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Dolphins form ‘life raft’ to help dying friend

By David Ferguson
Friday, January 25, 2013 10:15 EDT
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Scientists have observed a group of dolphins in the Sea of Japan using their bodies as a life raft to buoy up a dying friend. In this video from NewScientist.com, the pod of dolphins was seen to hold a struggling female up at the surface of the water in order to help her breathe.

In an article to be published in February’s edition of the journal Marine Mammal Science, but which is currently available online, the group of scientists discussed what they called “An unusual case of care-giving” among the dolphins.

Biologist Kyum Park of the Cetacean Research Institute in Ulsan, South Korea, and fellow scientists were surveying cetaceans in the Sea of Japan in June 2008. They spent a day following a group of about 400 long-beaked common dolphins (Delphinus capensis).

Around late morning, they witnessed a sub-group of dolphins swimming very close together. They were crowded around a female dolphin that appeared to be in distress, flopping from side to side in the water, sometimes turning all the way over. Her pectoral flippers, they said, seemed to be paralyzed.

Dolphins breathe by swimming to the surface and taking in air through a “blow-hole” on top of their heads. The 12 dolphins aiding the injured dolphin may have kept her from drowning by holding her head at the surface.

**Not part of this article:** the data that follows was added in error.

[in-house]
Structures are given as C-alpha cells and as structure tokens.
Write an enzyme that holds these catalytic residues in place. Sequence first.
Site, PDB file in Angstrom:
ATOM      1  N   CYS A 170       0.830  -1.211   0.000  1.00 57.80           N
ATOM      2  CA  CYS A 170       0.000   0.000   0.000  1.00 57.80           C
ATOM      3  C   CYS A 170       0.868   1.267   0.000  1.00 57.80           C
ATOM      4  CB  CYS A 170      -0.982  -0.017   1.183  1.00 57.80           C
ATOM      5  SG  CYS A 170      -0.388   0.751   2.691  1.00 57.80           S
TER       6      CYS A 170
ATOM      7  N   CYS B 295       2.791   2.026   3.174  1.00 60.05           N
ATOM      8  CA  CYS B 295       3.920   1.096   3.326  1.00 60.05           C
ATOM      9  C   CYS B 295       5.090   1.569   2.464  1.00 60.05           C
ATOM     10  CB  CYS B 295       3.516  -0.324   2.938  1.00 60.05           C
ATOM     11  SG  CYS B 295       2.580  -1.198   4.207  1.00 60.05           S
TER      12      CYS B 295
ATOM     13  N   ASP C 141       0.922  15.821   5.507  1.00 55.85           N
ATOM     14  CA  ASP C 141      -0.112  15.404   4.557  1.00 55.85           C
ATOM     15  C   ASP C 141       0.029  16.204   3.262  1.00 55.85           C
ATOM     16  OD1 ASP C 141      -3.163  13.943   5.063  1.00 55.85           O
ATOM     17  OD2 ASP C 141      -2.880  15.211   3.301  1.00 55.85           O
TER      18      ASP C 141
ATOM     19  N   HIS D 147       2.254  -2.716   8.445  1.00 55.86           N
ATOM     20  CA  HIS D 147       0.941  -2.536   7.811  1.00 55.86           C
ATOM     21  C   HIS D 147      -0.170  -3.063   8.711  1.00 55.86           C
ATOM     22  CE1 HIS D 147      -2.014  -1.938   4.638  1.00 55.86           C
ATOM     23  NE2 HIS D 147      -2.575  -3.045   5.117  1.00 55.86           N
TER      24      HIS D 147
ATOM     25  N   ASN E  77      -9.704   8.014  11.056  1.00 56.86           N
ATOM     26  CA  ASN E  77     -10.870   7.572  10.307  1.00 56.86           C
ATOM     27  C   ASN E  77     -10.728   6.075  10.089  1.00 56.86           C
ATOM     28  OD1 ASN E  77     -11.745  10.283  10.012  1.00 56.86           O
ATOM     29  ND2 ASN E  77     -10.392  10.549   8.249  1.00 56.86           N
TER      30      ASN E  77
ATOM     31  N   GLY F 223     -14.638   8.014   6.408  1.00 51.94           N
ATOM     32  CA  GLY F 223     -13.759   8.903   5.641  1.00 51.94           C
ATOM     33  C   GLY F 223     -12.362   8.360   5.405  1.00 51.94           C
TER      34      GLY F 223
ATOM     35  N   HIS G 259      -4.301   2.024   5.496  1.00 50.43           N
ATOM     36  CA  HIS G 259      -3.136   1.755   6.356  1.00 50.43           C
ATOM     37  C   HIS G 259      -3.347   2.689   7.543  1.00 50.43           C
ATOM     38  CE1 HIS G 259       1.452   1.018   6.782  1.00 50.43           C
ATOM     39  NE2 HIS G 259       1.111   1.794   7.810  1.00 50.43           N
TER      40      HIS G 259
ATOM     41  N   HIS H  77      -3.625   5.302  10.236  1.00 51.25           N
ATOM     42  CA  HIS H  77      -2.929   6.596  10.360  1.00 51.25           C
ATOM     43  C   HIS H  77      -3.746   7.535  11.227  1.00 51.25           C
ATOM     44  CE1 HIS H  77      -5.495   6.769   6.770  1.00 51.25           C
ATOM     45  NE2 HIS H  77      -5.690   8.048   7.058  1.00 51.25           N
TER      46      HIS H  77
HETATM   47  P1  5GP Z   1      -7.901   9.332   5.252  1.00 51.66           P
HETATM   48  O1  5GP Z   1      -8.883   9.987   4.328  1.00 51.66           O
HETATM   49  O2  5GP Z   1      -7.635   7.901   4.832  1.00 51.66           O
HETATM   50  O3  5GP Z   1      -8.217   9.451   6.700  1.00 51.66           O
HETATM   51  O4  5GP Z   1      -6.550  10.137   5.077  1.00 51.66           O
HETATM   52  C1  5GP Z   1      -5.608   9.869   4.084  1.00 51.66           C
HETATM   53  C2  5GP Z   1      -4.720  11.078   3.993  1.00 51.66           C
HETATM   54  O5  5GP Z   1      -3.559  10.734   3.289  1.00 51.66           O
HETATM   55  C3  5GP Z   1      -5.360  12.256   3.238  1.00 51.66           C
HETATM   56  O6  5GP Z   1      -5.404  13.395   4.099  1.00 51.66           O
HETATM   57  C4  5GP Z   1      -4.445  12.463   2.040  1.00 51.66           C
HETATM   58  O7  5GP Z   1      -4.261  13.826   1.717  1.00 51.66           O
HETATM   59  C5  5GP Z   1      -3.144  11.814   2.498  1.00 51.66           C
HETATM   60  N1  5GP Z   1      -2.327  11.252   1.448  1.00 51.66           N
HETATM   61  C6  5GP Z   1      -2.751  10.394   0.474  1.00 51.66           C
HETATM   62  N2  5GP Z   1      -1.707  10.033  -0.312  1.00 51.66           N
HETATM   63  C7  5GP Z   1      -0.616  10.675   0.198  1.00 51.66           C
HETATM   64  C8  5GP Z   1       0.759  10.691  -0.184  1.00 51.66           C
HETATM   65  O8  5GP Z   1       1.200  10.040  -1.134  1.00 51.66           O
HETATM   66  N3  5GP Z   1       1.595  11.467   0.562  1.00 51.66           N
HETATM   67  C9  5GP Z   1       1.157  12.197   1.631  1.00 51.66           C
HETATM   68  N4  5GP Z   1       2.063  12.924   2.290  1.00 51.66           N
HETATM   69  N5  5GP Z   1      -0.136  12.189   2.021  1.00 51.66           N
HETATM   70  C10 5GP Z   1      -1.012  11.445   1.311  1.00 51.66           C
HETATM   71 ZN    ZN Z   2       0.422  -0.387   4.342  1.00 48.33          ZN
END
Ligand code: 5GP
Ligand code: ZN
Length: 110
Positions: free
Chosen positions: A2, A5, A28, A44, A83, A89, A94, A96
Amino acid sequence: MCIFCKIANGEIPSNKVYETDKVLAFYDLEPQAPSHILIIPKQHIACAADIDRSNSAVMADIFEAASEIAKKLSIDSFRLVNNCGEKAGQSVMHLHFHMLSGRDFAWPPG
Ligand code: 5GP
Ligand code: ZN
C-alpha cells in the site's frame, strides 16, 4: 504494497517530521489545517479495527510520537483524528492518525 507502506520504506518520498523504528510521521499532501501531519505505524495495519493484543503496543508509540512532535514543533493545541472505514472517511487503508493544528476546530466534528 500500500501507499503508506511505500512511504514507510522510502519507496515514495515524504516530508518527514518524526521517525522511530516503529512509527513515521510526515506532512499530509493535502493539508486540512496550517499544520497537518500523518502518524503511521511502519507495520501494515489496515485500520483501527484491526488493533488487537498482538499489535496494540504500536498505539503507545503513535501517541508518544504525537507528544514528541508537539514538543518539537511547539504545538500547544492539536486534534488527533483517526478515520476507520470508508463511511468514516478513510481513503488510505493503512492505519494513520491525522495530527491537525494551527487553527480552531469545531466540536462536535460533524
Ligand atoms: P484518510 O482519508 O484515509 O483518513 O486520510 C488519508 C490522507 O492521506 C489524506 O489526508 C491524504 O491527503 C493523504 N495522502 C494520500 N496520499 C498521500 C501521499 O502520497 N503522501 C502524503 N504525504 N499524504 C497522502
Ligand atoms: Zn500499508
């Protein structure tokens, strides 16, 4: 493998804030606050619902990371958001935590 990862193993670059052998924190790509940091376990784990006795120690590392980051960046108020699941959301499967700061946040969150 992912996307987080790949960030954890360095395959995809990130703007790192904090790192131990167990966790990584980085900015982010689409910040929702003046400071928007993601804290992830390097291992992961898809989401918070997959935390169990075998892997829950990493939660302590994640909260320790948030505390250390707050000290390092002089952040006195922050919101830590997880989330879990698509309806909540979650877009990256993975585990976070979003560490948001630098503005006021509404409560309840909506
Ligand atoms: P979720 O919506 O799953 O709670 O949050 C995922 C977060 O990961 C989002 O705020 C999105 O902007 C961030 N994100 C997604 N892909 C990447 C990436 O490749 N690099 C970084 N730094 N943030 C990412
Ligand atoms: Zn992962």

At length, the female in distress stopped breathing and while most of the helping dolphins swam away, five remained behind, touching the lifeless female’s body with their own until it sank out of sight.

“It does look like quite a sophisticated way of keeping the companion up in the water,” Karen McComb, a marine biologist at the University of Sussex at Brighton, U.K., said. While most animal species abandon injured pack members, long-lived, intelligent social animals exhibit these types of helping behaviors when a fellow group member is ill or injured.

The scientists believe that this is evidence that dolphins understand when others are suffering and may even empathize, meaning that they can imagine themselves in the other dolphin’s place. While individual instances of helping behaviors have been observed before, such as a mother dolphin helping her calf, this is the first recorded instance of a group of dolphins exhibiting helping behaviors.

Watch the video, embedded below via NewScientist.com:

David Ferguson
David Ferguson
David Ferguson is an editor at Raw Story. He was previously writer and radio producer in Athens, Georgia, hosting two shows for Georgia Public Broadcasting and blogging at Firedoglake.com and elsewhere. He is currently working on a book.
 
 
 
 
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